I've Actually Manipulated Someone! Now What?!? | Modern Manual Therapy Blog

I've Actually Manipulated Someone! Now What?!?

One of the things that makes us better as a health care profession is our emphasis on home exercises. One of the things I always make clear to all patients is, we can help you, but you're responsible for yourself the entire time you're not in our clinic. Compliance is NOT an option, neither is posture, or for most people, deviation from the prescribed HEP frequency/intensity/duration.

As a CertMDT, or Credentialed McKenzie Method PT, I definitely emphasize postural correction and HEP for all spinal patients. I find this works better, not to mention easier for the patient to do than most stabilization programs. If someone gets better without showing them core strengthening or deep cervical flexor exercises, I won't bother with them. If they plateau with only MDT, then I add other approaches. However, the genius of MDT is that it can be done anywhere, and it is VERY effective; if you are assertive enough to make a patient understand not only that they need to do it, but WHY they need to. It can make them better, and once it does, it can prophylacticly keep them better. These exercises initially need to be done 10 reps an hour as a generic example to start.

The failure of most PTs, some of them even Cert's is that they don't make the patient understand they need to get to end range, whether it's cervical, thoracic, or lumbar. The patient will often say they tried the exercise, but it hurt to do it, so they stopped. Maybe it hurt, but did it make them worse? Worse is only if it increases during the motion, and REMAINS worse. Ironically, I am the best example of this. I wake a few times a year with a cervical derangement or acute facet lock (whichever you prefer, to me they're the same thing, different name). If someone I was training was good enough to manipulate me, great! I'd gladly accept one, and continue with cervical retractions. Two years ago, this happened to me, and none of my current students were proficient using their left hand. I really needed a lower cervical translatory thrust as I had acutely painful sidebending and rotation to the left, and extension was also blocked. Cervical retraction and extension exercises were painful, but did not make it better.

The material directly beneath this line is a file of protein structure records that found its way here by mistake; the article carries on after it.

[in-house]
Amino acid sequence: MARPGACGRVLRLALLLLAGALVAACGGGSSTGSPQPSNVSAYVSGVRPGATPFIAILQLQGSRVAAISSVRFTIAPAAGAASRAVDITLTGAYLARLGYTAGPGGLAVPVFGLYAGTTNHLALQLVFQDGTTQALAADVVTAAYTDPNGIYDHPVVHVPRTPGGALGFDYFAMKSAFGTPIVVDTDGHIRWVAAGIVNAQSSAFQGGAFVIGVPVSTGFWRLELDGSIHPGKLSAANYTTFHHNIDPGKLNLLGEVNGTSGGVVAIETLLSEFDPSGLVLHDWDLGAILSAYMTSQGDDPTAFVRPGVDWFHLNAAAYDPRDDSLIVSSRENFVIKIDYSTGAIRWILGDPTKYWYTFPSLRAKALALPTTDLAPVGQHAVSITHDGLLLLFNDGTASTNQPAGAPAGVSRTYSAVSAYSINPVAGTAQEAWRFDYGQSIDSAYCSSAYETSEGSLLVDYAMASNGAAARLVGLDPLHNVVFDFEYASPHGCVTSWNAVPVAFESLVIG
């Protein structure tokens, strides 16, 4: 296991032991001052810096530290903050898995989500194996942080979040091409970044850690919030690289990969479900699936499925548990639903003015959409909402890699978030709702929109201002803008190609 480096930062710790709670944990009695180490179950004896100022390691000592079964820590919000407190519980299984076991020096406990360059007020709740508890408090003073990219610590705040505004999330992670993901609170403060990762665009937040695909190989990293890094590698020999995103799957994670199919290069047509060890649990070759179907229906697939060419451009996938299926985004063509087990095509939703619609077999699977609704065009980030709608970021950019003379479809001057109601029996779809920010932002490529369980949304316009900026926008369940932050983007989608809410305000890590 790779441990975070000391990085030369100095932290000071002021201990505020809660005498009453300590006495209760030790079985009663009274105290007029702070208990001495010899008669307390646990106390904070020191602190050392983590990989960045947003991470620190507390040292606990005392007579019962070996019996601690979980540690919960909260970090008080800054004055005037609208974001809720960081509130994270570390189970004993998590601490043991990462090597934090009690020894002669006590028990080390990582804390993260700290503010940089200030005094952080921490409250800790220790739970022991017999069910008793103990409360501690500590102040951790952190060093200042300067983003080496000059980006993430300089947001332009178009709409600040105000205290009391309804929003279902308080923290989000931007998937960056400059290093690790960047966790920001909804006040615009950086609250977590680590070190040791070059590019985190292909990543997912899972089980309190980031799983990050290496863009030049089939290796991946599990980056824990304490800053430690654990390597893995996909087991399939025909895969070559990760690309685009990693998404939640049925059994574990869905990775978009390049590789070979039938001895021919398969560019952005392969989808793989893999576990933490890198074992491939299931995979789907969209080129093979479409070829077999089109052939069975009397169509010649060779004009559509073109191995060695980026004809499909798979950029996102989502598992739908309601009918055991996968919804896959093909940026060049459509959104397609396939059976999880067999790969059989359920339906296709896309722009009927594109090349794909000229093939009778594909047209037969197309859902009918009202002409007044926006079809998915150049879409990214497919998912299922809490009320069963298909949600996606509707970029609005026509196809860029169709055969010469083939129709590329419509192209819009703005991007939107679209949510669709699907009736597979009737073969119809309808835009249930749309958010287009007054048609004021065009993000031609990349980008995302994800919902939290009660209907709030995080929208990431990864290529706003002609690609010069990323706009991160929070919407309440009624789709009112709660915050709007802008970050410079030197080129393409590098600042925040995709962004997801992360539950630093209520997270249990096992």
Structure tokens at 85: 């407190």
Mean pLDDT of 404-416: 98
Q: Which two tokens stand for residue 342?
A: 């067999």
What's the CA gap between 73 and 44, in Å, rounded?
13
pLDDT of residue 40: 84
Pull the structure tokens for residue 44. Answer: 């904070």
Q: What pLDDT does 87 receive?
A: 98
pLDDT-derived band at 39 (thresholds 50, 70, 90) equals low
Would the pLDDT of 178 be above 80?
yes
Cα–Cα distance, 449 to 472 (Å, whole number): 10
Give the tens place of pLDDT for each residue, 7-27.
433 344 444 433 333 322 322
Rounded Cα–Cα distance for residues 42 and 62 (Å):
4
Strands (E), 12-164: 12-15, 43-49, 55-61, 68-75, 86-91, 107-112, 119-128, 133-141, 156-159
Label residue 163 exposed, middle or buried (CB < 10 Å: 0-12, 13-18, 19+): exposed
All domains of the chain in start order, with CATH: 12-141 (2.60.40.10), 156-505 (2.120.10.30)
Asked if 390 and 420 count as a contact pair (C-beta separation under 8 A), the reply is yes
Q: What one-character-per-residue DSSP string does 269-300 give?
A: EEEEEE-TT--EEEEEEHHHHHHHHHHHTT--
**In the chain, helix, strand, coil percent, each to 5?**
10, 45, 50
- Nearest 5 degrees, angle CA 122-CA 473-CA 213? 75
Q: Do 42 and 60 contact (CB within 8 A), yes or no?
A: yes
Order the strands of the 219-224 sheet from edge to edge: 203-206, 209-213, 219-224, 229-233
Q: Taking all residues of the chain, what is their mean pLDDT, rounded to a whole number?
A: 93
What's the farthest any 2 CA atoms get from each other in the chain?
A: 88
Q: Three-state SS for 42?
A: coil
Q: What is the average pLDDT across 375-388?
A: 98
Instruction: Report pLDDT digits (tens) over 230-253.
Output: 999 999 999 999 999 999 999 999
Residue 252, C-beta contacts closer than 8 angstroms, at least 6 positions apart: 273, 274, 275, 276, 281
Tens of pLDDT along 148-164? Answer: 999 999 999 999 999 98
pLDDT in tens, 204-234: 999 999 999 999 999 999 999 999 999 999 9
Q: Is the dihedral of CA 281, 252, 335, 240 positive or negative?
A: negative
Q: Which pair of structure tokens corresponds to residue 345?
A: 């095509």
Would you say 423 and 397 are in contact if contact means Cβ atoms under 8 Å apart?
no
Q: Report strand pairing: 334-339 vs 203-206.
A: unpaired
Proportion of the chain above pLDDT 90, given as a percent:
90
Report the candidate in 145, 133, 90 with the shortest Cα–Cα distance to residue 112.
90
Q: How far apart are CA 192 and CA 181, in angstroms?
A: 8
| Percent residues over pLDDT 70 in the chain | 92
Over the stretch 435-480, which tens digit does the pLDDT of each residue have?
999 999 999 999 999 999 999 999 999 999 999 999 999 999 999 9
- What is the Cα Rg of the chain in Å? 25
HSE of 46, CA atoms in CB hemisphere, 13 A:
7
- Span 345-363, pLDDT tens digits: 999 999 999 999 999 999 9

At this time, I just happened to be attending a McKenzie Clinical Skills Update course. The instructor was saying to try cervical retraction with SB and overpressure. I thought, what the hell, "end range is where the magic happens!" I retracted and pulled to the left, harder and harder, moving further and further. At first, it hurt like hell! It did not REMAIN worse, but really didn't change for the first 2-3 hours. Then it happened, it gradually got easier. I began to pull even further into end range sidebending left, so much that my right upper trap felt like I was tearing it. After several hours of doing this exercise 30-40 times/hour. I was nearly pain free and most of my motion had returned.

Would a cervical thrust manipulation do the same thing? Absolutely! Would it have been easier on me as a patient? Sure? Would most patients go nuts into the painful/obstructed direction like I did? Most likely not, they would think they're injuring themselves, when in reality, they don't give it enough time, force, and repetitions.

Where manipulation comes in is for the patients who can't push themselves. A recent award winning JMMT study showed that patients who met the CPR for lumbar thrust manipulation also fit neatly into the lumbar derangement syndrome category. Well, of course they do! Both can rapidly change! I'm sure if the same methods were applied for cervical derangement and the CPR for thoracic/cervical thrust manipulation, the same would hold true. Manipulation makes the derangement more easily reduced by the patient. If their exercises are less painful, you'll have more compliance. In my experience, it doesn't make them any more reliant on you, and they still get discharged within that magic 6-8 visits for most acute conditions.





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